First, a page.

Today in the Art & Seek Spotlight, we’re immersing ourselves in art at the DADA Spring Gallery Walk and the 15th Semiannual Deep Ellum Spring Gallery Walk. Tour more than twenty galleries and check out special exhibitions including Booker T. Washington’s Senior Show at Norwood Flynn Gallery and the Bike Swarm which now features art cars! Get a list of participating galleries here.
Five stories that have North Texas talking: Gov. Rick Perry gives a wide-ranging interview on national TV; developers for the controversial White Rock Lake restaurant have suspended their plans; Dallas takes the next step in trying to host the 2016 GOP Convention; and more.
- Dallas officials and Republican Party leaders went out on a date Thursday: The city hoped to strut its stuff as it tries to land the GOP’s 2016 convention. The Dallas Morning News reports that Mayor Mike Rawlings met the GOP team for breakfast at SER Steak and Spirits at the Hilton Anatole. Then there was a security briefing at American Airlines Center, where GOP leaders dined on barbecue from Pecan Lodge. The group ventured to Arlington to see AT&T Stadium, which could host the opening or closing ceremonies. Enid Mickelsen, chairwoman of the site selection committee, told The News that Dallas is a “wonderful city with wonderful facilities” and noted how much Dallas has grown since it hosted the 1984 GOP convention. Dallas is competing with Las Vegas, Denver, Kansas City, Cleveland and Cincinnati. Learn more about Dallas’ bid from KERA News.
- A spokesperson for developers Lyle Burgin and Rick Kopf says they have decided to suspend their efforts to build a restaurant on Boy Scout Hill in Dallas’ White Rock Lake Park. The announcement follows a raucous meeting Tuesday night with 500 vocal opponents, most of whom live near the park. Many objected to giving up two-and-a half acres of open space and native blackland prairie for a moderately upscale restaurant and 160 parking spots. In a statement, the developers said: “We both firmly believe that the concept would be an excellent amenity for all of the citizens of Dallas, but the present time is not the right time. We thank all of the individuals and groups that have voiced their support.” Read more from KERA News.
- Gov. Rick Perry continued his New York adventure Thursday with an appearance on “CBS This Morning.” He’s in the Empire State to try to lure businesses back to Texas. He talked about why he’s challenging New York Gov. Andrew Cuomo to a debate over economic policy, his failed 2012 presidential bid, and the simmering dispute over cattle in Nevada. On “CBS This Morning,” Perry didn’t commit to a 2016 presidential run — but he’s not ruling it out, either. For now, he says, he’s “promoting Texas business.” In Texas, Perry is the focus of a grand jury investigation that could cause quite a bit of difficulty if he does run. A judge has seated a grand jury in Austin to consider whether Perry abused his power when he carried out a threat to veto $7.5 million in state funding for public corruption prosecutors. Catch up on the interview highlights.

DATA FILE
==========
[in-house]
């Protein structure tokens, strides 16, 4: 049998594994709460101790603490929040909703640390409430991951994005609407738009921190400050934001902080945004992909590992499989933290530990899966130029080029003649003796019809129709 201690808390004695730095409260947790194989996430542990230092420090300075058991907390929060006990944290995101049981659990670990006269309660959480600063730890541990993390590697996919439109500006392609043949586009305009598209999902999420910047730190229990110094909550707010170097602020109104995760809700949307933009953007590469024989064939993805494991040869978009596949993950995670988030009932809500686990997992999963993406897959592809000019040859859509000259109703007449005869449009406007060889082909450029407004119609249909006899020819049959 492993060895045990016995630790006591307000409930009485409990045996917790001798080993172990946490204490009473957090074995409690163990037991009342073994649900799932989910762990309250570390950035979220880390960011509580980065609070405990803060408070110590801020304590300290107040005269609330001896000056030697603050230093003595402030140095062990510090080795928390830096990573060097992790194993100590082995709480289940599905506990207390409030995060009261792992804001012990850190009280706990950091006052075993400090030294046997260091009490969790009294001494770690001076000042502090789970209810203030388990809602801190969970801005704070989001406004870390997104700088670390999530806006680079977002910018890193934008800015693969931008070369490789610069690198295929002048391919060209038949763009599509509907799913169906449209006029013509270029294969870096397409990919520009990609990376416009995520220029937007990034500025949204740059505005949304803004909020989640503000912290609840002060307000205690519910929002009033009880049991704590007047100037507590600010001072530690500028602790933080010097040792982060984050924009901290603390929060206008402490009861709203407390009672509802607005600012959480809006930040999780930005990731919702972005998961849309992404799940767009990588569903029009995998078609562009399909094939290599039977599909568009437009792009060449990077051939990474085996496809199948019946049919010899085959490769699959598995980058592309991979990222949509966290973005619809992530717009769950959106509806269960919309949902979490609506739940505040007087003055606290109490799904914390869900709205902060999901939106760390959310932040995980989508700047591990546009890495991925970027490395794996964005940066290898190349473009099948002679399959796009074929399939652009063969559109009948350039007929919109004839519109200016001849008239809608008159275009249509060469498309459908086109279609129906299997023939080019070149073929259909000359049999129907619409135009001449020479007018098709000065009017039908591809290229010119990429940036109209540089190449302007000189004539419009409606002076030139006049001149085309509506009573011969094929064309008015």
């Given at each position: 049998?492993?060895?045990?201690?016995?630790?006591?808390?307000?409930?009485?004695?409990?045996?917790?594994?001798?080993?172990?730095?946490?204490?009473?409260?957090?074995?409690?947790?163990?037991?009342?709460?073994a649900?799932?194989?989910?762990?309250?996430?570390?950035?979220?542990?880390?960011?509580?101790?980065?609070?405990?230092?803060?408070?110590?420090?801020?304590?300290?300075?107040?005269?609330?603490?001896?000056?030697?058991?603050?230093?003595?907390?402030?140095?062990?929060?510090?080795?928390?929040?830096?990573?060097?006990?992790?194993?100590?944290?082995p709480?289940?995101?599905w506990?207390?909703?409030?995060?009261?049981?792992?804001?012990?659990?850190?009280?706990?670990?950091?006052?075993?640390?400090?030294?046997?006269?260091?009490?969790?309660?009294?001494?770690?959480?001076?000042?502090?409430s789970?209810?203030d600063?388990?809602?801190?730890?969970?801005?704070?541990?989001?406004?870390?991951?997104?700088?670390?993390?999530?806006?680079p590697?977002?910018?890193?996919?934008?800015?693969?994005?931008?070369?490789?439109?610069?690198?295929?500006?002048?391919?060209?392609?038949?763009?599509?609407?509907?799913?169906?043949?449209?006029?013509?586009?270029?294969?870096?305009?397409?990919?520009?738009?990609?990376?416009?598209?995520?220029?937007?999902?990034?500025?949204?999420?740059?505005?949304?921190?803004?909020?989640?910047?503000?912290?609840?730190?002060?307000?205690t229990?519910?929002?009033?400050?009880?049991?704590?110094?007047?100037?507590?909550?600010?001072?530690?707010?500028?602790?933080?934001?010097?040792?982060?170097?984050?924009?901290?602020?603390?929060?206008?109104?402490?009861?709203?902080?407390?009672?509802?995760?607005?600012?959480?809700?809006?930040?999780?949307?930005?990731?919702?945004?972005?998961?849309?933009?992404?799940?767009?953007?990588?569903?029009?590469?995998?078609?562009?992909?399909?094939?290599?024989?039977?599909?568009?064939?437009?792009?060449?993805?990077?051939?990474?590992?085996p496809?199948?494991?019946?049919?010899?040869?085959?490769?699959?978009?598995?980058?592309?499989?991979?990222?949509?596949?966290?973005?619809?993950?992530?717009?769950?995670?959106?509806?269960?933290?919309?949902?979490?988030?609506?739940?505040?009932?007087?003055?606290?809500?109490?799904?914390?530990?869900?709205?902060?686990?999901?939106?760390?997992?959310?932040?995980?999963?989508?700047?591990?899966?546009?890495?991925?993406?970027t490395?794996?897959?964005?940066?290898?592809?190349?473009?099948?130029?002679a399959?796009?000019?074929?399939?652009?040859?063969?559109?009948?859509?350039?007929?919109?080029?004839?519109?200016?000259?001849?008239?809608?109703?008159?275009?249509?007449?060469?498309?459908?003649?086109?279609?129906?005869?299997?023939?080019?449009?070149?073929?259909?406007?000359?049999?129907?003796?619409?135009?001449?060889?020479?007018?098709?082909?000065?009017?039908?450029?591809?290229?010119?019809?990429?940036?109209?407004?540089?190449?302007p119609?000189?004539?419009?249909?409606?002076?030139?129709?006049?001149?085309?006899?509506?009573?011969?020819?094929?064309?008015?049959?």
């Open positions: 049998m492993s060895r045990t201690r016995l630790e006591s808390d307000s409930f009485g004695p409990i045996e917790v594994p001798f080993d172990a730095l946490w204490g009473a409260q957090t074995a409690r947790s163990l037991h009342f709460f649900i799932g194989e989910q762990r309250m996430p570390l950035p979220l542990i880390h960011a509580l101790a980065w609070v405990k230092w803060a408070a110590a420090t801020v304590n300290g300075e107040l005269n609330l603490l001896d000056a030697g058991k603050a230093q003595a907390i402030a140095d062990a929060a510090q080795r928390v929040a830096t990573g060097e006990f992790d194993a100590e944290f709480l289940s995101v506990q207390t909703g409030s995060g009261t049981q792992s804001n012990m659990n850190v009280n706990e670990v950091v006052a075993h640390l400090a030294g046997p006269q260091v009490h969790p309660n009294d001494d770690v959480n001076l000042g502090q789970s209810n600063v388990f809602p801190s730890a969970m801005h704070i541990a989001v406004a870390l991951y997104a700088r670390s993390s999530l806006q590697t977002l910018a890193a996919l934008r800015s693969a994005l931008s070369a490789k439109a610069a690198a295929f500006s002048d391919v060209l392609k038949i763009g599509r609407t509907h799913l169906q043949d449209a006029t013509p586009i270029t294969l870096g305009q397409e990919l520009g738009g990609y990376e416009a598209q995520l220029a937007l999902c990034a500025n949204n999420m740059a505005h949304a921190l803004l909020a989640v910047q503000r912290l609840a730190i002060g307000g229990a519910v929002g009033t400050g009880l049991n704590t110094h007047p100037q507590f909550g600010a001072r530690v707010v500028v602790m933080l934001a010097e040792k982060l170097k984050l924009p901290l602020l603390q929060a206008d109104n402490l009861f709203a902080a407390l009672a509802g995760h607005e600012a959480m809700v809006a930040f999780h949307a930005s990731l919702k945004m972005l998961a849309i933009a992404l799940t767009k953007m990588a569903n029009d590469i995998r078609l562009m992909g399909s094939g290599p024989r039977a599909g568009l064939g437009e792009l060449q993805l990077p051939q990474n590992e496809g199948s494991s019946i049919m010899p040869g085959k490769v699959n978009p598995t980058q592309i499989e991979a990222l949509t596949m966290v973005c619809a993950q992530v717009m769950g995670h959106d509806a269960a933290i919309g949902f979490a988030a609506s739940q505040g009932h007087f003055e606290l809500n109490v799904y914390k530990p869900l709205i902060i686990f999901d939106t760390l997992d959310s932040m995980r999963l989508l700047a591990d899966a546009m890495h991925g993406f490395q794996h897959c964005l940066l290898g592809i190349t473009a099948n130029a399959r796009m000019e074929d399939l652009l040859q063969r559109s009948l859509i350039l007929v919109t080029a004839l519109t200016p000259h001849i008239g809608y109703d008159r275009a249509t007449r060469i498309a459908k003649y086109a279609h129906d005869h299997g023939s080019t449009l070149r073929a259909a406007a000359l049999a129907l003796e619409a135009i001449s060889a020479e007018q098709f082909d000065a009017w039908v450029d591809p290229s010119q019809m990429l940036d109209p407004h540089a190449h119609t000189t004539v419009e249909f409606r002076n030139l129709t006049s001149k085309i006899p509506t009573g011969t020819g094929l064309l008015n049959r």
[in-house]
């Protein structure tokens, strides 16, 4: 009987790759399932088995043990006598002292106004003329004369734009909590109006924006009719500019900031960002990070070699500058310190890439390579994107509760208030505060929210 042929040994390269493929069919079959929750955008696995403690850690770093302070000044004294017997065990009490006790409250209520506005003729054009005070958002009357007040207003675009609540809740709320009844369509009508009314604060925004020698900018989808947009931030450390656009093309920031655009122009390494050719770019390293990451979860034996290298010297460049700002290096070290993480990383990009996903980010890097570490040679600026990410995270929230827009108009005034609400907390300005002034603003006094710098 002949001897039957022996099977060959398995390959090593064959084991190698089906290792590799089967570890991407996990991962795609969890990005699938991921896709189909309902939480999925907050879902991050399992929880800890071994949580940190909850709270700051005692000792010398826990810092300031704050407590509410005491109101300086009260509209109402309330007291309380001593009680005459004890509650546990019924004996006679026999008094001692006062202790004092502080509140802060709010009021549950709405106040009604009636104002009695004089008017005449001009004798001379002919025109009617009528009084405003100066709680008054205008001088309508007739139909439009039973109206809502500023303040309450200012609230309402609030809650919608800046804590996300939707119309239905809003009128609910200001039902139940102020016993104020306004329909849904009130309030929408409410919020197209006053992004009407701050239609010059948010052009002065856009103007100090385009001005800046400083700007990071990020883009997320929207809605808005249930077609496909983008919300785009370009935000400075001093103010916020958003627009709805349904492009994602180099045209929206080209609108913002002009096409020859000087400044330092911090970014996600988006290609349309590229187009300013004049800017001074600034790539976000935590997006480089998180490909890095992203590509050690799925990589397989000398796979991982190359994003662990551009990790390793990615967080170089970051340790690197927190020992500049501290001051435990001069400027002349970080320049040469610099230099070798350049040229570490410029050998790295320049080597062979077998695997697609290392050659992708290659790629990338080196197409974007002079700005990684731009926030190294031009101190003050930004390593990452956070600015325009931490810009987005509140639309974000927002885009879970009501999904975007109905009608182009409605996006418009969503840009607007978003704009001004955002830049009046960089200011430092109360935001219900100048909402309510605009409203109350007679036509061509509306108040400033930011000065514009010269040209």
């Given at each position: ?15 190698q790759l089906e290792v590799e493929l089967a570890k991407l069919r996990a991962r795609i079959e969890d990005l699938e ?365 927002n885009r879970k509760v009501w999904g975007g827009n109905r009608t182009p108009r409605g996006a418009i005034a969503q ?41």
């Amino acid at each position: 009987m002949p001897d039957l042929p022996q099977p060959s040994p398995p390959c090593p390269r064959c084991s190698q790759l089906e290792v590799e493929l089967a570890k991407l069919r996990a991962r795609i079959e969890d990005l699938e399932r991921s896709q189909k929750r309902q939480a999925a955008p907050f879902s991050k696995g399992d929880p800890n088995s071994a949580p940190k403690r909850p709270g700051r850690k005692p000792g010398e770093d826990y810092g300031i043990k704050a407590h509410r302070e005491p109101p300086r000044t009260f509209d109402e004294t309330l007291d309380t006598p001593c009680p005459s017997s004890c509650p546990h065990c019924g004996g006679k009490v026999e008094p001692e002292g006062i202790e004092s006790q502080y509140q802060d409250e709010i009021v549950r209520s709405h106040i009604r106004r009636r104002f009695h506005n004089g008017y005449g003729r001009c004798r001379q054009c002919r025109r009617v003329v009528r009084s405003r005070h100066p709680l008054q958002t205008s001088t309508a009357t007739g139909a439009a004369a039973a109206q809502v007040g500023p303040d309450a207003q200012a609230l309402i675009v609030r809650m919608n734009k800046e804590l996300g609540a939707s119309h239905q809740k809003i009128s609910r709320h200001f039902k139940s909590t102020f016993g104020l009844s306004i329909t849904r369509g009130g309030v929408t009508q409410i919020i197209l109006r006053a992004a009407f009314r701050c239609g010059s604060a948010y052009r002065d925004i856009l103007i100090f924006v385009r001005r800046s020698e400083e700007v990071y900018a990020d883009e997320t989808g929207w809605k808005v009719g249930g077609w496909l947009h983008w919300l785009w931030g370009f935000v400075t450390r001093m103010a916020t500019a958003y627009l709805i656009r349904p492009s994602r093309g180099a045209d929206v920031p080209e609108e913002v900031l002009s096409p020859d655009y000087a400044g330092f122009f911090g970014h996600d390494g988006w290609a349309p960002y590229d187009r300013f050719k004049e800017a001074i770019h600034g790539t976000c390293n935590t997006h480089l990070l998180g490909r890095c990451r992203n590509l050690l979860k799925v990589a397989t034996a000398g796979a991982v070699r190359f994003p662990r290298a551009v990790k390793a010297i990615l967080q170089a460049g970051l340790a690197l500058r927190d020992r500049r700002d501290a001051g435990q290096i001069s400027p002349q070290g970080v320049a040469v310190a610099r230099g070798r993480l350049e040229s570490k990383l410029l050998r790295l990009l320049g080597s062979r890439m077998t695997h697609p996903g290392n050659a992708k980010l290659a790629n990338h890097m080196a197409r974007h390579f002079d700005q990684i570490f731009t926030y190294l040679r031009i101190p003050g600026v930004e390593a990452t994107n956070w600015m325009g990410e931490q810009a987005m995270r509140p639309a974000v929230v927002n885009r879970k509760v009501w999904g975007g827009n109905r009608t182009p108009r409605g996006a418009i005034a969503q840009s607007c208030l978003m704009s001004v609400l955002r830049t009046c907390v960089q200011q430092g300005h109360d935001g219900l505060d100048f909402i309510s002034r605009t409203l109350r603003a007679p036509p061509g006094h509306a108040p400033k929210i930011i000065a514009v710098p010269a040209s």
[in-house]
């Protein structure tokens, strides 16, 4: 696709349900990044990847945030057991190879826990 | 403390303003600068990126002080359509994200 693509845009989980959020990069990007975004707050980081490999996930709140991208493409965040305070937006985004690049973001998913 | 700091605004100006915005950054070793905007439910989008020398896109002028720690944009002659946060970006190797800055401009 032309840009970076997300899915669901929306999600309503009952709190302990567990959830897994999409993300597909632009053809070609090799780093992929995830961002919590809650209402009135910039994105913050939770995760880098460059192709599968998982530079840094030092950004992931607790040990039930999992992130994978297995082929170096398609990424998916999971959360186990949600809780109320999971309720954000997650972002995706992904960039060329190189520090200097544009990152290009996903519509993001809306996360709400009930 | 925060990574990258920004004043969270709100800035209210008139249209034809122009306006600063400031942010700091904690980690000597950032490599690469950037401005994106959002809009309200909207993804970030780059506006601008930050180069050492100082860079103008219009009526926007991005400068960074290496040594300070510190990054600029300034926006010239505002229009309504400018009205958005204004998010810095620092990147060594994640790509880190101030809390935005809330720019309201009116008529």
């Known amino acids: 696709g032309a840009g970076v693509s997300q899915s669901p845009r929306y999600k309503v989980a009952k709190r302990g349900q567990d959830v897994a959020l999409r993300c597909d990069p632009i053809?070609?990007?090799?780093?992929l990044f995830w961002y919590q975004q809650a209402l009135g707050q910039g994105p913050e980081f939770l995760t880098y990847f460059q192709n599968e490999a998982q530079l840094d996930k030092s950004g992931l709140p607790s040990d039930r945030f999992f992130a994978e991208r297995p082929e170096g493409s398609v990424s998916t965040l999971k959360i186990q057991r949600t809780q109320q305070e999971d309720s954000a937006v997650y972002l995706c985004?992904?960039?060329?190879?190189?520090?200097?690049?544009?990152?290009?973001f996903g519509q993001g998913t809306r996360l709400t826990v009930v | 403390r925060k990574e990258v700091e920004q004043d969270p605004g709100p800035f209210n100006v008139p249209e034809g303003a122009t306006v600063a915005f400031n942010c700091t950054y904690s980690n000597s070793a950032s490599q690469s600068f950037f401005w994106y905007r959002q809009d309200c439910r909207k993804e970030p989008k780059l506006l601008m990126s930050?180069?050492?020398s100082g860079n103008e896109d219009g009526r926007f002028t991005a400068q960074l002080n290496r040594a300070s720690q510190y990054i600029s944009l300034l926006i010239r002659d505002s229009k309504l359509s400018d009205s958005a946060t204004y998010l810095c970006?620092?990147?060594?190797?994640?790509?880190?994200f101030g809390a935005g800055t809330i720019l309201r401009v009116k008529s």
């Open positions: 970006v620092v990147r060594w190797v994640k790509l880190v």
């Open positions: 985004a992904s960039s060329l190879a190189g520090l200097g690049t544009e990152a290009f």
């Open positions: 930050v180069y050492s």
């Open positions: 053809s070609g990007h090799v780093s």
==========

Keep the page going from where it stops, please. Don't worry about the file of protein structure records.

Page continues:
- Dave Neumann hasn’t been on the Dallas City Council since 2011, but D Magazine caught him parking his car in downtown with a City Council parking permit that entitles the driver to parking at any city facility. D Magazine even photographed his car and his permit. The Dallas Morning News takes it from there, saying a city spokesman confirmed that Neumann has now returned the decal. The News was still waiting to get a comment from Neumann.
- The annual Wildflower! Arts and Music Festival in Richardson has a performing songwriter contest – and the top 10 finalists have been announced. They come from all over the country. Each contestant will perform two songs at 11 a.m. May 17 at a stage during the festival. The top three performers win a $500 cash prize. Another finalist will receive a people’s choice award – and $500. Four of the finalists are from Maine. Three are from Texas: Robin Hackett of Frisco; Drew Kennedy of New Braunfels; and Libby Koch of Houston. Read more on KERA’s Art&Seek.
Ronald Judkins won two Academy Awards for his sound work on Saving Private Ryan and Jurassic Park. But these days, the SMU graduate is far more interested in writing and directing. His new film, “Finding Neighbors” screens at the USA Film Festival Saturday. The movie stars Michael O’Keefe as a once-successful graphic designer suffering a mid-life crisis. He befriends a young gay neighbor. Their deepening relationship helps each man overcome his challenges. Judkins told me that he drew on real life neighbors to create the story and shoot the film.
We also chatted about Judkins’ time in Dallas. His first job out of college was at KERA television, and he has fond memories of working with directors such as Alan Mondell, Cynthia Mondell and Mark Birnbaum. A little digging on line turned up this goofy little gem, “Big D,” an early short that begins with a garbage collector finding a hat, then features a marching band trooping around Dallas and winding up, inexplicably, on top of the Southland building.
Listen to the interview that aired on KERA FM
Finding Neighbors screens at 7 p.m. Saturday at the Angelica Film Center. It’s part of the USA Film Festival.
Here are some highlights from our conversation:
On the inspiration for the film….”I was very conscious of trying to tell a story about a guy who was later in life, trying to recapture his passion. I wrote the script and I started showing it to people I knew and so many of them would call me and go, “I’m that guy.” And when I started getting that response, I started feeling “OK, I’ve hit some pay dirt here. Because I hadn’t seen a lot of movies about people in their mid ’50s, especially men.